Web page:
Upright cells with many cps Lower spongy mesophyll Permeated by air spaces Vasculature is netted venation Xylem towards upper surface Phloem towards lower surface Small veins collect P/S products Surrounded by a bundle sheath Controls entry/exit of material Large veins transport P/S products from leaf Leaf anatomy Anatomical modifications in hydrophytes Problem = obtaining enough CO2 & O2

Stomates not present or in upper epidermis (floating leaf) Thin cuticle Large amounts of air in spongy mesophyll Gas exchange buoyancy Reduced vascular tissue Partic. xylem Reduced amount of support tissue Leaf anatomy Modifications present in xerophytes Problem = getting enough water Many of these plants have reduced leaf size or no leaves

Large number of stomates Optimize gas exchange when water is plentiful? Remember stomates usually shut Stomates generally sunk in depression in leaf surface Assoc. with trichomes Both increase depth of boundary layer & slow rate of water loss Thick cuticle Multiple epidermis Modified to store water More supporting tissue to compensate for reduced turgor Stomate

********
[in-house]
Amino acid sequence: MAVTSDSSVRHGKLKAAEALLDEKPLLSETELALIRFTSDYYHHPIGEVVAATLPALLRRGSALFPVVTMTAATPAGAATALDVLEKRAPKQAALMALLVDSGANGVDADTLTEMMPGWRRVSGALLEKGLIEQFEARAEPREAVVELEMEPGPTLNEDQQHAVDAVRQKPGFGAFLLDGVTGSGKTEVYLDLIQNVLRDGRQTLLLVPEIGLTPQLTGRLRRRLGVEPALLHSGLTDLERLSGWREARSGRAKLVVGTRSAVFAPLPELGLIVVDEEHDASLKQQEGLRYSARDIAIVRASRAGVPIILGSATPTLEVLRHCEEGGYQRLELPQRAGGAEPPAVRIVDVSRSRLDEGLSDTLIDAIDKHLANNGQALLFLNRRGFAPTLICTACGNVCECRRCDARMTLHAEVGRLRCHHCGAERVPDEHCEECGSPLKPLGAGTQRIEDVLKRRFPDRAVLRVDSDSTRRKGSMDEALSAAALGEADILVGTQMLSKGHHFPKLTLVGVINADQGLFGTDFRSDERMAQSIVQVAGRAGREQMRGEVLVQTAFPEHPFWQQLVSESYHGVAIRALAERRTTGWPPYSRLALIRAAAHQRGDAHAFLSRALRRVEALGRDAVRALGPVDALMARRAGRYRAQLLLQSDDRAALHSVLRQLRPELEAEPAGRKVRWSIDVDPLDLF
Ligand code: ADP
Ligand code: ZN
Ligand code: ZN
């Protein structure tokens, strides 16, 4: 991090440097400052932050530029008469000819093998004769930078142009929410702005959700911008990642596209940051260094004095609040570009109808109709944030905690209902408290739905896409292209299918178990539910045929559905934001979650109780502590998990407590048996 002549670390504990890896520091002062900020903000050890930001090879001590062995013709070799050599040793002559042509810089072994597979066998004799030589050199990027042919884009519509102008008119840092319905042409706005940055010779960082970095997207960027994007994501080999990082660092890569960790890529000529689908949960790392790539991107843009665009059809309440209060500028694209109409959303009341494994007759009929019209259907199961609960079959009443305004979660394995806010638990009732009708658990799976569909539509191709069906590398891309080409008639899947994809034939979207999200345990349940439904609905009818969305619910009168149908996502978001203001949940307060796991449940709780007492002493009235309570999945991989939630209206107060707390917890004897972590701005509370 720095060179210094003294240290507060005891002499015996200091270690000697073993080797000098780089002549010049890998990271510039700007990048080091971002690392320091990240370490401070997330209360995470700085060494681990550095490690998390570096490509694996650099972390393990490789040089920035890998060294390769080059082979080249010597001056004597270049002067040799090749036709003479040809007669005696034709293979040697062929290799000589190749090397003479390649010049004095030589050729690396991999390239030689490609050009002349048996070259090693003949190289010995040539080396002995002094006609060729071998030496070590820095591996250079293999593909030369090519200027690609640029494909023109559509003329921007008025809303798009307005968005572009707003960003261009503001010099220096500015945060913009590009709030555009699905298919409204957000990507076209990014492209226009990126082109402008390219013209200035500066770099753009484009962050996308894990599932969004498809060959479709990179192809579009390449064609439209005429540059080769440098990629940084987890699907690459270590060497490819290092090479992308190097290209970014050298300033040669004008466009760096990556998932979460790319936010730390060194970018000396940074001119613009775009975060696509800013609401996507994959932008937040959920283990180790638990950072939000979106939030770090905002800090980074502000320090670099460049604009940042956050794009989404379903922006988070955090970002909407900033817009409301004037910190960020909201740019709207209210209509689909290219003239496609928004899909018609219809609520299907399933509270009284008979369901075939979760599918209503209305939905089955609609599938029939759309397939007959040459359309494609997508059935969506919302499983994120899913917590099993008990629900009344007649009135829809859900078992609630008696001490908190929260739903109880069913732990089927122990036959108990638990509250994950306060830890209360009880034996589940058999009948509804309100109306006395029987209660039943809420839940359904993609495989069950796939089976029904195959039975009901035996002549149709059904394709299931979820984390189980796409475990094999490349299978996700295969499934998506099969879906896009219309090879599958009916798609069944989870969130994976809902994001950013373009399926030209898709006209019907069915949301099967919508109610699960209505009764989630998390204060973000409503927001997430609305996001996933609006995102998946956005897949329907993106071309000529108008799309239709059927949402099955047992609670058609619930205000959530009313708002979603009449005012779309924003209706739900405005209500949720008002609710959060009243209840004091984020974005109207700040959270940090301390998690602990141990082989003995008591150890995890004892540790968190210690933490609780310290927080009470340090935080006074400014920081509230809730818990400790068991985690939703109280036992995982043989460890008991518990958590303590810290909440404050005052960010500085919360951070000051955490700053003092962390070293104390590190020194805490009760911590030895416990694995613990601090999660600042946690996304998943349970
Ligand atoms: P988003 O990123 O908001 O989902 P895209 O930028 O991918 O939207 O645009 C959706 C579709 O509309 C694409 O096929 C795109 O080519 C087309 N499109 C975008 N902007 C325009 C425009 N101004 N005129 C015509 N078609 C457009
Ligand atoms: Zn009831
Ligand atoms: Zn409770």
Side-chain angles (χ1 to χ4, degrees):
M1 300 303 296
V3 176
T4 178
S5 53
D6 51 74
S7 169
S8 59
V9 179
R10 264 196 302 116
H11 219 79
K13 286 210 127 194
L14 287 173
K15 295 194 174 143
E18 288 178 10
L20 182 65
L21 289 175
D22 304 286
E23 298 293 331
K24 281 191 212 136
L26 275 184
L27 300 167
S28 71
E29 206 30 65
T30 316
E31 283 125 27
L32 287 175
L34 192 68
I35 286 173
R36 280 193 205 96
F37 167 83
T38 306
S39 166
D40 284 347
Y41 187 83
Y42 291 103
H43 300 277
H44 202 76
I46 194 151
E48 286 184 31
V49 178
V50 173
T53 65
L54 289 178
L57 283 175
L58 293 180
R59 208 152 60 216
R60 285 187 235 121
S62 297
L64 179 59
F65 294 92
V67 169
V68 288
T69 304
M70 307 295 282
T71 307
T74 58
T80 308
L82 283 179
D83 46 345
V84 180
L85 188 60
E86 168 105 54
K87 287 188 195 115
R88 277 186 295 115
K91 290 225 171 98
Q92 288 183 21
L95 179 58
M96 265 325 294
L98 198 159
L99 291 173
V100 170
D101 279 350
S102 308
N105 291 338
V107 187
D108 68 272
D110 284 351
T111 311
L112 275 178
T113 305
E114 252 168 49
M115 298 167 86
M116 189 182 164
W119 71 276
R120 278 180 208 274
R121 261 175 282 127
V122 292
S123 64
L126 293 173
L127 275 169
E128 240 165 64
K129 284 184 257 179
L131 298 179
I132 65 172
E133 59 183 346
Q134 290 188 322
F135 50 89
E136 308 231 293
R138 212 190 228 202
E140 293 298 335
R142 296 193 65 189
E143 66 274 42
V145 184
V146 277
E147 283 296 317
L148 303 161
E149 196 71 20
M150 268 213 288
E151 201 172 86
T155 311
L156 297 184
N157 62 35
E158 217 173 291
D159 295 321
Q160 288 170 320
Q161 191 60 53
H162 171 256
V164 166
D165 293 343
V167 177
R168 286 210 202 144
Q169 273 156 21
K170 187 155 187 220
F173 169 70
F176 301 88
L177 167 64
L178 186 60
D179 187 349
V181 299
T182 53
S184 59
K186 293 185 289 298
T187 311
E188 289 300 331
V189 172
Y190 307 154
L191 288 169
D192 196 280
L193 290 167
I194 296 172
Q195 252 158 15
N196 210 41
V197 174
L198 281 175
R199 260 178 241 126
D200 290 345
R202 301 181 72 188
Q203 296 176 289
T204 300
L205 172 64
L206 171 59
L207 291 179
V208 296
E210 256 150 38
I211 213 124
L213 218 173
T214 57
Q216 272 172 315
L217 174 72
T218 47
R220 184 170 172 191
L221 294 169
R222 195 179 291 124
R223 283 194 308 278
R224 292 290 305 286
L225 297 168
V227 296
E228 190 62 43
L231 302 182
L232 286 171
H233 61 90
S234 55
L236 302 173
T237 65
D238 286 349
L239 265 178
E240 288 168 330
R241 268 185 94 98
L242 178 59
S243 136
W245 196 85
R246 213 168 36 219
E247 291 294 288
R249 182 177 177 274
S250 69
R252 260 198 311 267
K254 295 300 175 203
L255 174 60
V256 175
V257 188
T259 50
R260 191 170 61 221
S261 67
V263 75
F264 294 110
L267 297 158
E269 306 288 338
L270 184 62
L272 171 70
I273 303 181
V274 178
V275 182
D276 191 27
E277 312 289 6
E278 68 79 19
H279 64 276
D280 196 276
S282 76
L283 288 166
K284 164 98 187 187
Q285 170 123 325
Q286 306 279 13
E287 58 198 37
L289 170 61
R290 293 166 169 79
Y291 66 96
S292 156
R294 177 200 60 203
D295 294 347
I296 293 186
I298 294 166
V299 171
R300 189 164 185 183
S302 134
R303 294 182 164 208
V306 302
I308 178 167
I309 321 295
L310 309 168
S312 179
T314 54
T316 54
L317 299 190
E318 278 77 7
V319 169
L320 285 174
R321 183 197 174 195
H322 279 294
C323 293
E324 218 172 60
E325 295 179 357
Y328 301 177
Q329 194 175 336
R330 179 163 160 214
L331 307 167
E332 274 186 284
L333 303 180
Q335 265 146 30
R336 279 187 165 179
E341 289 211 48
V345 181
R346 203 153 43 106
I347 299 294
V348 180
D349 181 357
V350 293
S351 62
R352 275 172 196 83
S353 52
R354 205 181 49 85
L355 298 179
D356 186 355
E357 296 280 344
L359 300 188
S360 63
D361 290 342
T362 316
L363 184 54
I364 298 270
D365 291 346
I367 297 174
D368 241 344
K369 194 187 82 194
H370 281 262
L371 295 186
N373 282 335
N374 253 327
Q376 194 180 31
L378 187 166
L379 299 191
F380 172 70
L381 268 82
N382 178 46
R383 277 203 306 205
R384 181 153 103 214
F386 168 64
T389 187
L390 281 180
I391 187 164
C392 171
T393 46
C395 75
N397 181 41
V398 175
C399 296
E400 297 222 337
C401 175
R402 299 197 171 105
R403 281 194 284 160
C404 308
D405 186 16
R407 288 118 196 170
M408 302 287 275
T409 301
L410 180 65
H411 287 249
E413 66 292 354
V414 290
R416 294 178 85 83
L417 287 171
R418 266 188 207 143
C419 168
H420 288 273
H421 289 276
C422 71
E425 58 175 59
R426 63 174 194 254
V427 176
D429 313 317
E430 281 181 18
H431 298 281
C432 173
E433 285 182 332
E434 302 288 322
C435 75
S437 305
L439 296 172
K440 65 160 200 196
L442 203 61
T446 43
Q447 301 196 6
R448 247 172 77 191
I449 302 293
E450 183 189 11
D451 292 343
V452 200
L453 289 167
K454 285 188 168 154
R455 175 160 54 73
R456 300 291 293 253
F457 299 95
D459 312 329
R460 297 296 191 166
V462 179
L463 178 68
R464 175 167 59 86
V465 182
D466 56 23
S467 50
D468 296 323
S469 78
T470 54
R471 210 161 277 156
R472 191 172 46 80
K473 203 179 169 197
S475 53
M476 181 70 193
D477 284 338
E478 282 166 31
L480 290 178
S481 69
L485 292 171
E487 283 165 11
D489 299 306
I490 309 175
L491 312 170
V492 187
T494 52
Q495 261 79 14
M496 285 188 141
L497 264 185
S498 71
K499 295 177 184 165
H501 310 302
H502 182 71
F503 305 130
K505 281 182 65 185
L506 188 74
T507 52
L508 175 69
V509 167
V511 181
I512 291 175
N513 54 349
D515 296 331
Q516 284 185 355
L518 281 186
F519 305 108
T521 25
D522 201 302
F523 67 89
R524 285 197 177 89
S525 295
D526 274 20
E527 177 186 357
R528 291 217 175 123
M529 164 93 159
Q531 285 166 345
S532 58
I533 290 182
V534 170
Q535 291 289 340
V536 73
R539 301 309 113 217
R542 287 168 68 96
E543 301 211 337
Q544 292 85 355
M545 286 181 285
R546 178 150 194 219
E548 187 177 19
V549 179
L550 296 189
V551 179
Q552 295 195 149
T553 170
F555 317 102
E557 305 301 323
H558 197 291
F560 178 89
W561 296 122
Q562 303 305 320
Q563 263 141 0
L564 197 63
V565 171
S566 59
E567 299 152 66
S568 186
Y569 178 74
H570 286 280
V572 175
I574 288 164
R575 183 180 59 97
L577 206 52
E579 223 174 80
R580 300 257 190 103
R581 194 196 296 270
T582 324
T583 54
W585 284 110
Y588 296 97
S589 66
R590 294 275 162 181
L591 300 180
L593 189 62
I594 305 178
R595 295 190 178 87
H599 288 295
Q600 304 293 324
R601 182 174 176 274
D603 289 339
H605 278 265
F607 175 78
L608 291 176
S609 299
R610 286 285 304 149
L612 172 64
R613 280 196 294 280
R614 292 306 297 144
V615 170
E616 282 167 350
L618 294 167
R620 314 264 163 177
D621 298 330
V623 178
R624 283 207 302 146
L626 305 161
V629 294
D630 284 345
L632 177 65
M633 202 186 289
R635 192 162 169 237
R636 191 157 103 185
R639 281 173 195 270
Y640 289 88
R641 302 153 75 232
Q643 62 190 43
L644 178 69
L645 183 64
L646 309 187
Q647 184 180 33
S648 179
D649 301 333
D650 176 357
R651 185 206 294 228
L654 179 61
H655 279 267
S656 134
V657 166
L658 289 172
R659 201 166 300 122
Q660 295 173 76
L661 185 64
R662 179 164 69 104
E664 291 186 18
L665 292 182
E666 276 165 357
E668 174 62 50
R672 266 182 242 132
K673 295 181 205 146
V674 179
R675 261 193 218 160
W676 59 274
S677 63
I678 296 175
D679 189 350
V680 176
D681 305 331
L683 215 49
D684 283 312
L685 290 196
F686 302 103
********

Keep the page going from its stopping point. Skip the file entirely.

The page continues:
Leaf anatomy General features of monocot leaves Parallel venation system Lack a defined palisade/spongy mesophyll layers Leaves tend to be vertically oriented Anatomy modified according to mode of P/S C4 photosynthesis Carbon fixed to form a C4 acid in mesophyll cell C4 acid is transported to bundle sheath cell & decarboxylated Released CO2 is refixed by C3 P/S

P/S CO2 + C3 acid CO2 + C3 acid C4 acid C4 acid Mesophyll cell Bundle sheath cell Leaf anatomy Leaves of C4 plants display Kranz anatomy

Mesophyll and BSC form 2 concentric layers around a vascular bundle Bundle sheaths are close together C4 leaf Leaves of C3 plants have well separated bundle sheaths and do not have Kranz anatomy C3 leaf